What are the benefits of open access research?

Traditional edition
Open access research and self-publishing
Limits of open access research
Further reading

Open Access (OA) research refers to a less traditional form of publication. This involves publishing out of pocket through a third-party source with some credibility and then granting that publication to all readers for free.

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In the past, international conglomerates and highly accredited academic institutions only published their own findings in exchange for financial compensation, to advance their research. However, we are now seeing the novel transform into open access documents. Although few in number, they see greater impact in academia and may even become the norm in decades to come.

Traditional edition

Under classic publishing, there is no cost to the searcher, as the entity in question will put the item up for sale, whether by subscription or upfront payment. This will benefit the researcher with financial compensation, in addition to the publicity they will receive on behalf of the publication. This will lead to more grants, college scholarships, etc.

On the other hand, open access research via its own platform may come with various preliminary costs. Running a journal or maintaining a platform on which to speak to an audience can be expensive, as researchers may have to pay for editing, professional formatting, associate editors, etc. If the researcher wishes to expand their target demographic, they will need to implement a sales and marketing approach, which could further increase costs.

Open access research and self-publishing

The open access search paradigm is relatively new and directly correlated to the novelty of the World Wide Web. Websites such as LexisNexis, academia.edu and researchgate.com host many self-published works, paying the journals a set fee so that they in turn can produce the journal in open access. As the article is free and accessible, one can influence and connect with a wider range of researchers and other writers.

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Many private companies will distribute the abstract section of a person’s research and demand full payment if a person wishes to read the entire article. This coincides with traditional publishing. However, with open access search, interested parties will be able to see all of your text. This will lead to an increase in his H-index, which is a measure of the impact factor in a specific academic field.

This positive aspect of open access journals will also increase the researcher’s readership and citation counts. If one wishes to peruse the traditional edition, the audience will be lacking, unless one is part of an institution that will bear the cost of the subscription.

This can be quite a large expense if someone wants to pay for multiple journal subscriptions. With open access research comes the exposure effect, related to the cognitive bias in which “the more people have access to your findings, the more people will like and appreciate those findings”. The more exposure one gets, the more citations one will get in any written work they produce.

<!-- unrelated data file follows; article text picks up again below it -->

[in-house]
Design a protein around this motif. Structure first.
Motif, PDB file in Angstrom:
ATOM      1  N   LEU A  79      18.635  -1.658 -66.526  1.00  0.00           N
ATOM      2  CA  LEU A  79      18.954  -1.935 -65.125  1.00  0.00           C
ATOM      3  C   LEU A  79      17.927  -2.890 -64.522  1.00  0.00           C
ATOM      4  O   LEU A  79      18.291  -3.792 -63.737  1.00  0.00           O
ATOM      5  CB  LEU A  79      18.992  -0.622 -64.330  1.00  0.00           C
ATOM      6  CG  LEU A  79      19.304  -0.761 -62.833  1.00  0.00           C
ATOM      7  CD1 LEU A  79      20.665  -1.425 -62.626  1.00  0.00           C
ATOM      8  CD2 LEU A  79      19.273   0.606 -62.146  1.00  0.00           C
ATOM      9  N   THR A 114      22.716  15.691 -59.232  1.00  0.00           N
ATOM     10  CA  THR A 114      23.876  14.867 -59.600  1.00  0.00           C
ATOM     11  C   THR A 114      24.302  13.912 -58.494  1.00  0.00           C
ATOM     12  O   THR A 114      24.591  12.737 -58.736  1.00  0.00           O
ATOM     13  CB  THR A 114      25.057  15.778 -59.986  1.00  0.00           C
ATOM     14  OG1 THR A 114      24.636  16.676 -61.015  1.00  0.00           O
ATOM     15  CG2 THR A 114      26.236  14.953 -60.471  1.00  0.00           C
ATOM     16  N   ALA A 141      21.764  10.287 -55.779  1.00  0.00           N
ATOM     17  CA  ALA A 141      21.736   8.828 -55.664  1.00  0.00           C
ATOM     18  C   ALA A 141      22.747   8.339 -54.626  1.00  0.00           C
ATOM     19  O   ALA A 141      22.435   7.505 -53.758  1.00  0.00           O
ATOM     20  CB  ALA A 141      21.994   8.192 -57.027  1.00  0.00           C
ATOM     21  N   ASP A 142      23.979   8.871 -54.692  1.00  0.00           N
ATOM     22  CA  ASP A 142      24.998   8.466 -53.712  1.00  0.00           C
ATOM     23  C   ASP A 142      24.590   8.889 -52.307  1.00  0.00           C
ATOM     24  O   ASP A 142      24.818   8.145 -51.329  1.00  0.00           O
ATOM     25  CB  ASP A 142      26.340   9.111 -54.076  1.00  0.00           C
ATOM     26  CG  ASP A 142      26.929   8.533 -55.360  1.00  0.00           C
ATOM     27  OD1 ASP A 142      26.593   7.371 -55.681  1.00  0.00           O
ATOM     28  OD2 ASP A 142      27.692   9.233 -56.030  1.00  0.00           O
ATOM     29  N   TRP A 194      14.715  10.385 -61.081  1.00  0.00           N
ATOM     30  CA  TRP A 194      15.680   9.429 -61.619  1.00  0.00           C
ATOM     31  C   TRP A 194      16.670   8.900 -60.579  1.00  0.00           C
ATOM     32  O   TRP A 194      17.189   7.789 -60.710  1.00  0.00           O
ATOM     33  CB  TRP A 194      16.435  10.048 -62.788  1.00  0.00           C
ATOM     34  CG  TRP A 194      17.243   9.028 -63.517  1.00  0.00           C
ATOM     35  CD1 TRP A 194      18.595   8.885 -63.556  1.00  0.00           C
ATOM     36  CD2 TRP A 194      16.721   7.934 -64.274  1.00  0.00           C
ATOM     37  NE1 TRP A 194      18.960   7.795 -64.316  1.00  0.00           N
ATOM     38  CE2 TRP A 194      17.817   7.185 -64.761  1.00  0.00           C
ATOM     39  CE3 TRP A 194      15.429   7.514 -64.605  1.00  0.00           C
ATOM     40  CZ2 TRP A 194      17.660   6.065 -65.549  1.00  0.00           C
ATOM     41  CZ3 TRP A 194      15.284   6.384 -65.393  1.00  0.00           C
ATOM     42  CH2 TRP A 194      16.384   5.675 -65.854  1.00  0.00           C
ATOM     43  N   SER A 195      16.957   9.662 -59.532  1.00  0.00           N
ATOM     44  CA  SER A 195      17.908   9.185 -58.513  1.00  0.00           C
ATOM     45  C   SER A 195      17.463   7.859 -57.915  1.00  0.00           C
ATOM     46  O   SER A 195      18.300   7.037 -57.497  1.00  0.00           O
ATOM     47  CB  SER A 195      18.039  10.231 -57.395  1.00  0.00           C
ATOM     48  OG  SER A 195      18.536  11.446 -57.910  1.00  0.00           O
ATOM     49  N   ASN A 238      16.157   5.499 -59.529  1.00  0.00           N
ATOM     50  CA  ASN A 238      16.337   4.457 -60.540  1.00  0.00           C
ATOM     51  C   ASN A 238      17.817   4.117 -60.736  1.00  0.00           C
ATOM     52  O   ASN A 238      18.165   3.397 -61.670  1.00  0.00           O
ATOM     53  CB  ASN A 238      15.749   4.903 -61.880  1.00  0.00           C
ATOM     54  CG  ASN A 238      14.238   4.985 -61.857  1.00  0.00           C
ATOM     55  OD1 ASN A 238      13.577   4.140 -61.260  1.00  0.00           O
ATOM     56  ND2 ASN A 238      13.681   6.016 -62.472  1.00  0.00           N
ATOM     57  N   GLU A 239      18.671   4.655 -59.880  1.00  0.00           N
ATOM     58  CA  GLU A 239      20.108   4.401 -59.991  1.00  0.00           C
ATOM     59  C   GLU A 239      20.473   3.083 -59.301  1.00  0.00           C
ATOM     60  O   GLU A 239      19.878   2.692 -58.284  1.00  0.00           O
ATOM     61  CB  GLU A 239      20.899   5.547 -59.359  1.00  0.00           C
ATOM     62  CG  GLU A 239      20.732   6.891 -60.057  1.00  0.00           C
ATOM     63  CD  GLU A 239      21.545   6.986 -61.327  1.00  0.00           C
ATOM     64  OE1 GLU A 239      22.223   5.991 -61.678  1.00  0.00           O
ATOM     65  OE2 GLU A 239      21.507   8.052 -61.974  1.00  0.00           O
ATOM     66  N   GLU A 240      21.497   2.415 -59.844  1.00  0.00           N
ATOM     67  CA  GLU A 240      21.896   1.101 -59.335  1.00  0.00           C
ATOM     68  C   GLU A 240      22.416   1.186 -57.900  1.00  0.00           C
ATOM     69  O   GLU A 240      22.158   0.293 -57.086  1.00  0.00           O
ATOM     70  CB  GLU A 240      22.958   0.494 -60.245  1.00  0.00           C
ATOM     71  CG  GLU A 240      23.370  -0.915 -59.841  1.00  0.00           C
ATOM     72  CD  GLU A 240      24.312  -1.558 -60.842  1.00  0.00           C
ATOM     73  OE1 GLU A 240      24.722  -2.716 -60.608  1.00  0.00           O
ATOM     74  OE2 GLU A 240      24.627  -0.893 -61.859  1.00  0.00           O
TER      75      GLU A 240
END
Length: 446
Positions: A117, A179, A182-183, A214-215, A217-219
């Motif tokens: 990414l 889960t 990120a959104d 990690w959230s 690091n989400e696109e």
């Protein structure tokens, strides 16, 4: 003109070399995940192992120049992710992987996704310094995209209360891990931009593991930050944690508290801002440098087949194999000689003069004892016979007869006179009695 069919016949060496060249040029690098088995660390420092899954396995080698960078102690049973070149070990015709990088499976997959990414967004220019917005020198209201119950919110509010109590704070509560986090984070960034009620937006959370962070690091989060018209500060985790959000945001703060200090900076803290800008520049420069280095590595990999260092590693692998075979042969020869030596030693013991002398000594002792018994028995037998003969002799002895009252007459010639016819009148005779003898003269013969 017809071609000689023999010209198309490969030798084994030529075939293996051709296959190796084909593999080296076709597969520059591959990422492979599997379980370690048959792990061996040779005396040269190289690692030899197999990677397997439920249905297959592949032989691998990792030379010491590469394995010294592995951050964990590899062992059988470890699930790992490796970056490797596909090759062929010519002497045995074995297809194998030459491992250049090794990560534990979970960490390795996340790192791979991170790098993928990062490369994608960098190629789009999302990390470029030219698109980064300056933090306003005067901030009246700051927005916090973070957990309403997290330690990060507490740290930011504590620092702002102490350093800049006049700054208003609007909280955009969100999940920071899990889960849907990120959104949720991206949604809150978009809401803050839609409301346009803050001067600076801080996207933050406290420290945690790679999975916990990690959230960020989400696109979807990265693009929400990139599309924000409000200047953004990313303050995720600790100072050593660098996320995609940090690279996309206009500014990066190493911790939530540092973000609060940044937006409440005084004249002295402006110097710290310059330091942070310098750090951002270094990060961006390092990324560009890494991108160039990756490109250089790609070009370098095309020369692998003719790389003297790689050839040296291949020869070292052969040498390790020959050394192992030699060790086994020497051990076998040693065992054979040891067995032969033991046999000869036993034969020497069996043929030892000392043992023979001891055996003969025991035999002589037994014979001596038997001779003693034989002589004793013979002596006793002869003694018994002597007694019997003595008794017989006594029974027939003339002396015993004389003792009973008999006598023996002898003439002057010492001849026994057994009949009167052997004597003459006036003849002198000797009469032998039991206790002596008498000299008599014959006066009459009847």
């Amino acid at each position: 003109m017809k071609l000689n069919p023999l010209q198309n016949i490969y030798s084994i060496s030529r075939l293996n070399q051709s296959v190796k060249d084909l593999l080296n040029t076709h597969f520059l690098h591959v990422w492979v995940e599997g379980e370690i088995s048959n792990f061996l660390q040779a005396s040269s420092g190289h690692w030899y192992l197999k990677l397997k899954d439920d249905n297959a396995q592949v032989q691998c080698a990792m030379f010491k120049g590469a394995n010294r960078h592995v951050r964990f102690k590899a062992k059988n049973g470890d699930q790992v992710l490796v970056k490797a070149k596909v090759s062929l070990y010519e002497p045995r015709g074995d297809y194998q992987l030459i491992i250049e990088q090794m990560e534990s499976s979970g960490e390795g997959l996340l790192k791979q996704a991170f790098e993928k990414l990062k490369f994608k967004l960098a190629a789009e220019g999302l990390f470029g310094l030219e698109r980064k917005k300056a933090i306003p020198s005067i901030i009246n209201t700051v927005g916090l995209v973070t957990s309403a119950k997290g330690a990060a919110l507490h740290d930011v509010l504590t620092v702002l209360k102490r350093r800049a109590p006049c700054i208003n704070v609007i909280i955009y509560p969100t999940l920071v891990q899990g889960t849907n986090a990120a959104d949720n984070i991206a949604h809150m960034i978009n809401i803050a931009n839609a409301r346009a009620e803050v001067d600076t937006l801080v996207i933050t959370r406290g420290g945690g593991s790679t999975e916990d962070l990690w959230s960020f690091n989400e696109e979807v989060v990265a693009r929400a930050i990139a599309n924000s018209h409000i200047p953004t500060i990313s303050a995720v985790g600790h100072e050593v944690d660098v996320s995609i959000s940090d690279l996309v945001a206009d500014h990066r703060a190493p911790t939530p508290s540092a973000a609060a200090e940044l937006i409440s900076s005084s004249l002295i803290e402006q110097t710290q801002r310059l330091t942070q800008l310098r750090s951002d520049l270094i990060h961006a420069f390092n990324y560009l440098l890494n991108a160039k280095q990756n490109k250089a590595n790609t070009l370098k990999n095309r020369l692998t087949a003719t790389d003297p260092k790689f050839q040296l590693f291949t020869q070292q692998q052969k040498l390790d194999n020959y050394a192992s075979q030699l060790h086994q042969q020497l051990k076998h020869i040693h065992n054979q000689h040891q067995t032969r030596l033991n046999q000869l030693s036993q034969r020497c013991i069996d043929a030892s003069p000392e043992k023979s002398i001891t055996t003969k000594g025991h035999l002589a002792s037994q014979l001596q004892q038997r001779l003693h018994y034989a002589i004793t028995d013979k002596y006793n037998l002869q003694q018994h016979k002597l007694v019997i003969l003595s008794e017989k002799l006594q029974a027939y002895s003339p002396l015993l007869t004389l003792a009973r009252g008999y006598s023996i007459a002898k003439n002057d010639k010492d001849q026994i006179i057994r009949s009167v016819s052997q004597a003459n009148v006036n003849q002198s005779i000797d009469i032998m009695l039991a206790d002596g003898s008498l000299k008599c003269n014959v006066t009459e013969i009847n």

Related: Importance of rare disease research

Limits of open access research

While this method grants more data and research to more people, expanding the depths of everyone’s scientific knowledge banks, there are some caveats. The floodgates of open science data have resulted in more predatory publications and more predatory reviews. These journals will target inexperienced research or unreliable findings and publish them for a small fee.

Second-rate scholars will often willingly pay a toll for the resulting publication, aspiring to gain status or expand their CV. This has been demonstrated in medicine, chemistry, psychology, and other STEM and non-STEM fields. This leads to predatory journals hoarding a large sum of money, followed by the publication of untrue data. This kind of open access leads to recognition as a form of reimbursement, while being hit with a substantially high fee.

Clear signs exist for those wishing to avoid these predatory reviews. For the most part, these journals will be newer, publishing only two to four issues per year. This low number of publications is somewhat sustainable thanks to the high fees that investigators pay to produce their findings. For these reasons, aspiring writers should look for publishing sites that have a high turnover.

Also be wary of the credibility and notoriety of other researchers who publish on the site. This will denote a level of trust in the editor and is an even better sign of truthfulness than the number of posts.

Ultimately, the future of publishing platforms and data dissemination is unknown. However, all stakeholders agree, changes in the publishing landscape are inevitable. Some believe that the “green” route will be taken, referring to the self-archiving of articles published by non-OA journals.

Others believe that the “golden route” will gain popularity (direct publication in open access journals). Both movements are predicted to grow in popularity, and there may even be room for both mediums to exist.

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Further reading

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